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High schoolers in Montana dig up last of the dinosaurs

http://www.gasconadecountyrepublican.com/news/owensville/article_51d16e4a-2df2-11e4-9f38-0017a43b2370.html

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Finding more dinosaur tracks in British Columbia

http://tumblerridgenews.com/?p=13762

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Pterosaur tooth found in 180-million-year-old Jurassic site in Germany
(in German)

http://www.haz.de/Nachrichten/Wissen/Uebersicht/Flugdinosaurierzahn-bei-Wolfenbuettel-entdeckt

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Dinosaur tracks in Sonora, Mexico (in Spanish)

(Continue reading)

Ben Creisler | 28 Aug 17:43 2014
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Funiusaurus, new lizard from Upper Cretaceous of Henan, China

Ben Creisler
bcreisler <at> gmail.com

A new paper:

Li XU, Xiaochun WU, LÜ Junchang, Songhai JIA, Jiming ZHANG, Hanyong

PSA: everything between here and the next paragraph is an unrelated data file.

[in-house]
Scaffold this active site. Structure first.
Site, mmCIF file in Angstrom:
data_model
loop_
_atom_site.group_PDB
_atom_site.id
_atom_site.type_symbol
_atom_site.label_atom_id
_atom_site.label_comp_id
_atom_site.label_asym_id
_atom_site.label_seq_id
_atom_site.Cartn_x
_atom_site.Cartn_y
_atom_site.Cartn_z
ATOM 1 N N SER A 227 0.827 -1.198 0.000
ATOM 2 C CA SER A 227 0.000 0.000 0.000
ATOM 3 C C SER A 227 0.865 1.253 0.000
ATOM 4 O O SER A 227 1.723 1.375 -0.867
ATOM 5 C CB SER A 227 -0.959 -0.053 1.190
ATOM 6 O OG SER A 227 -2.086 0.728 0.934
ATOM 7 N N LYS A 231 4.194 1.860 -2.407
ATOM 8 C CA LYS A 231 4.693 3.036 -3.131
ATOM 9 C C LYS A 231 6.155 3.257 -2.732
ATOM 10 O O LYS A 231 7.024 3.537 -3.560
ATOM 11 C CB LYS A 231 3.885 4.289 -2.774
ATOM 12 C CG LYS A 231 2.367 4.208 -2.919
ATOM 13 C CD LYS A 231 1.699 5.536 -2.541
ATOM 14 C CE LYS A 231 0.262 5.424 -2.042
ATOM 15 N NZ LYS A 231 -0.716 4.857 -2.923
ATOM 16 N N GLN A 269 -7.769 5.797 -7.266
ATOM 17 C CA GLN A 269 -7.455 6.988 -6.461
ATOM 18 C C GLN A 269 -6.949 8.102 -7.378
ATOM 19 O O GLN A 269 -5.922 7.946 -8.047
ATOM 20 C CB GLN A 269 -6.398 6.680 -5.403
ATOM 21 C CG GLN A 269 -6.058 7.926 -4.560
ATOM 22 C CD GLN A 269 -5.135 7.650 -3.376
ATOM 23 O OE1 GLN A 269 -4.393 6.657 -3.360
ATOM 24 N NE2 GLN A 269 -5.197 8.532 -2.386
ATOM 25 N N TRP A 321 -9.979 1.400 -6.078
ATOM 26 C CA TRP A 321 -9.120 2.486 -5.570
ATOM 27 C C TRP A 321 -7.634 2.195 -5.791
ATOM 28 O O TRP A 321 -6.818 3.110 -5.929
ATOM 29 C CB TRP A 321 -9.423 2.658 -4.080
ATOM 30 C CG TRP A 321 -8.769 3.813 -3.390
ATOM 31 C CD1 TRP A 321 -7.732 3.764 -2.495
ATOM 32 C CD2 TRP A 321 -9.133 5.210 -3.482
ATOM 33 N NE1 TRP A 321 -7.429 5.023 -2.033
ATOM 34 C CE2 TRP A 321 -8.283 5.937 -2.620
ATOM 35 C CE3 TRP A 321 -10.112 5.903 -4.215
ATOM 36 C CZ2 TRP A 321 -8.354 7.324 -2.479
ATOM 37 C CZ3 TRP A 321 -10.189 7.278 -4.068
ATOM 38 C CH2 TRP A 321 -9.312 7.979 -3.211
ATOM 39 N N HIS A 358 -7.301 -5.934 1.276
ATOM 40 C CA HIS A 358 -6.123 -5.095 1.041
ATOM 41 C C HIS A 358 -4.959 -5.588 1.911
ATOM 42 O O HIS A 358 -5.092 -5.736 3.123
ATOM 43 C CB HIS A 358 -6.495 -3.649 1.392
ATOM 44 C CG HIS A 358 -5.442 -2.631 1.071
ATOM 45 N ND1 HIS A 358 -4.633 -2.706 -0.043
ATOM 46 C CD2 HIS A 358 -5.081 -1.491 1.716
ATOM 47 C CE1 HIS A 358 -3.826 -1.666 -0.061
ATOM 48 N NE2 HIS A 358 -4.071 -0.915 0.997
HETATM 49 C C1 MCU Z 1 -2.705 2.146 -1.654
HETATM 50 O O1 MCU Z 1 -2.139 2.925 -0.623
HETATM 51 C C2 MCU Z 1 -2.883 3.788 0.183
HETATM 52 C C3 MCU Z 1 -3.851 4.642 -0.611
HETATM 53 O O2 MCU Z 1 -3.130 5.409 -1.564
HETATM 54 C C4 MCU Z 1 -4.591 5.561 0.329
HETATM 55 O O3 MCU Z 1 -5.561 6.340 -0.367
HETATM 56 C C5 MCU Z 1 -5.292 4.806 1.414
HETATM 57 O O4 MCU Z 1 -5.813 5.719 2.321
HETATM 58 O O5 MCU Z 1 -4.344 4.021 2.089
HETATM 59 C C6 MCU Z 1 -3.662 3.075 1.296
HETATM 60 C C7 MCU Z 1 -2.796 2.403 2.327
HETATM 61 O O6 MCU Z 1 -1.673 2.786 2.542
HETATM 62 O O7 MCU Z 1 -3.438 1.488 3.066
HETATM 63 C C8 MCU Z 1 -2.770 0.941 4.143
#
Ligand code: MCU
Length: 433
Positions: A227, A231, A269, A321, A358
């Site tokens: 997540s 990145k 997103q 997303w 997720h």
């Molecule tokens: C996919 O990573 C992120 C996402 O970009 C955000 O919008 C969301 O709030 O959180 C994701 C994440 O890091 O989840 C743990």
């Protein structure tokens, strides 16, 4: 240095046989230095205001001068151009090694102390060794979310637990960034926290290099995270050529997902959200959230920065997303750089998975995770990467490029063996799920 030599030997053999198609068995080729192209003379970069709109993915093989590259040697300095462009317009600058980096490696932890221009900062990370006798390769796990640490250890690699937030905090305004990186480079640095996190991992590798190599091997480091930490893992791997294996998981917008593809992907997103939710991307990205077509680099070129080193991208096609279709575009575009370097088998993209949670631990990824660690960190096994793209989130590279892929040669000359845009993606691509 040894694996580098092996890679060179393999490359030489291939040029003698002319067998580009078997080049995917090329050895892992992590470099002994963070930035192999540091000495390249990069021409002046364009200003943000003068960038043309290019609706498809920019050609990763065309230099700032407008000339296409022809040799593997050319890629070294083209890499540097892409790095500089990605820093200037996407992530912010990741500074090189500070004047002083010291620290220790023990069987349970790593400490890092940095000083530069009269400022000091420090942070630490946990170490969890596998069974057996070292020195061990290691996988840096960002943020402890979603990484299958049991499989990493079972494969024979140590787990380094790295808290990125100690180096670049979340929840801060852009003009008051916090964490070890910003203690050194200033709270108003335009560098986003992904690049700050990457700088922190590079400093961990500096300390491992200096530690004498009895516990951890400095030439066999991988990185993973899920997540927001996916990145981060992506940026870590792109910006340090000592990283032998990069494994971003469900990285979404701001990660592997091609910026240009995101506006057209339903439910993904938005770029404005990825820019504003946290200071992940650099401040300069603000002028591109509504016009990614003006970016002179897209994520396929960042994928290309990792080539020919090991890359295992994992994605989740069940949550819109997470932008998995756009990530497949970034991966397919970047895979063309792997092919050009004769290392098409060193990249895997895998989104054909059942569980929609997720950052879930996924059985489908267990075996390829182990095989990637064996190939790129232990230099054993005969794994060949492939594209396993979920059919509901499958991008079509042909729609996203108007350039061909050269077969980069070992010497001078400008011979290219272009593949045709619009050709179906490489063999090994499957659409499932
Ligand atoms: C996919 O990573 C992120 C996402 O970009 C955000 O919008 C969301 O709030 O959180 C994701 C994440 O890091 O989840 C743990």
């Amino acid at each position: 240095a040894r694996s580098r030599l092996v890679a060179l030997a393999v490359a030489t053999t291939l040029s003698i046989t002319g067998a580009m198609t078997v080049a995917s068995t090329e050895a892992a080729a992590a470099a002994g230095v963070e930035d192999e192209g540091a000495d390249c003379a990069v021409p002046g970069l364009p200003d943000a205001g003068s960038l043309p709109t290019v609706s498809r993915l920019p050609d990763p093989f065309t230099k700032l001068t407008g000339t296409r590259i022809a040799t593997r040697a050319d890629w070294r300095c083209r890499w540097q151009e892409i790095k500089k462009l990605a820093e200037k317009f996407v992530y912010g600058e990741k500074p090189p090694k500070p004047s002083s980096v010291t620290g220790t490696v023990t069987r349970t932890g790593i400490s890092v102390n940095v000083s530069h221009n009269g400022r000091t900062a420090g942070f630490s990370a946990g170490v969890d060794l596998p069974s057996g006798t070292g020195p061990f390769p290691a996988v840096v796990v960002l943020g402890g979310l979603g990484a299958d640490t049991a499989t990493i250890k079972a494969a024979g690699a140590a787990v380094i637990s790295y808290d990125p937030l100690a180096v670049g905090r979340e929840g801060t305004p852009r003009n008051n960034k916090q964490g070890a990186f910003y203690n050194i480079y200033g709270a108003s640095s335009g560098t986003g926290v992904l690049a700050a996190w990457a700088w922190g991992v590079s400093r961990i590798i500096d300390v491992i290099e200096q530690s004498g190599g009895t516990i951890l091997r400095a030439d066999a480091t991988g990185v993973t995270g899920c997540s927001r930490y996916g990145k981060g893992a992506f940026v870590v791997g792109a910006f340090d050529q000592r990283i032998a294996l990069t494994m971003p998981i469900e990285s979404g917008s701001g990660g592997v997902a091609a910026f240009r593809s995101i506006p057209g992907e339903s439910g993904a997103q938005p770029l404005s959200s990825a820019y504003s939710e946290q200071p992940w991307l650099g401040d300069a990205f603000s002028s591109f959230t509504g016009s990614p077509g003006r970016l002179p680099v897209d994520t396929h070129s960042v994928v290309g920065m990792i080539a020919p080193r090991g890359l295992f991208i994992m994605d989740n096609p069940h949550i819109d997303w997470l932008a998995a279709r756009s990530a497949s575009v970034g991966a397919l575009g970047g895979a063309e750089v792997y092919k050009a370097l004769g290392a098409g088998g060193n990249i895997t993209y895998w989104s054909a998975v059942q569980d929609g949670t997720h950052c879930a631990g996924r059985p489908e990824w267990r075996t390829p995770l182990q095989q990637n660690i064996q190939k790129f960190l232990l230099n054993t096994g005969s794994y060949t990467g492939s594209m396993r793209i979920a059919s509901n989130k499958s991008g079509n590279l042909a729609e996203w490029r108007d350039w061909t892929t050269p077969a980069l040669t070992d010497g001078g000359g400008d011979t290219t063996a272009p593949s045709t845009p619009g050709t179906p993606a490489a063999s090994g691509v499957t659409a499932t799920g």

PU, and Xingliao ZHANG (2014)
A New Lizard (Lepidosauria: Squamata) from the Upper Cretaceous of Henan, China.
Acta Geologica Sinica - English Edition 88(4): 1041–1050
DOI: 10.1111/1755-6724.12271
http://onlinelibrary.wiley.com/doi/10.1111/1755-6724.12271/abstract

Funiusaurus luanchuanensis gen. et sp. nov. was described on the basis
of an incomplete skull from the Upper Cretaceous Qiupa Formation of
the Tantou Basin in Luanchuan County, Henan Province. It is the second
representative of lizards known from Luanchuan and adds a new member
to the Luanchuan Fauna. F. luanchuanensis is a small-sized lizard and
systematically assigned to the Polyglyphanodontidae of the Teiioidea
because of the presence of a caniniform tooth and an elongate
posterior process of the postorbital. It is distinctive in that the
heterodont dentition bears 19 teeth in both the upper and lower jaws,
the 3rd maxillary tooth is large and caniniform, the post-caniniform
teeth in maxilla and those posterior to the 3rd dentary tooth are
chisel-like in lateral view, the prefrontal possesses a fossa on its
lateral surface, the postorbital with an extremely elongate posterior
process and the well-developed retroarticular process has a deep fossa
on its dorsal surface. In phylogeny, our analysis suggests a close
relationship of Funiusaurus to the large-sized Tianyusaurus from the
same basin within the Tuberocephalosaurinae. The discovery of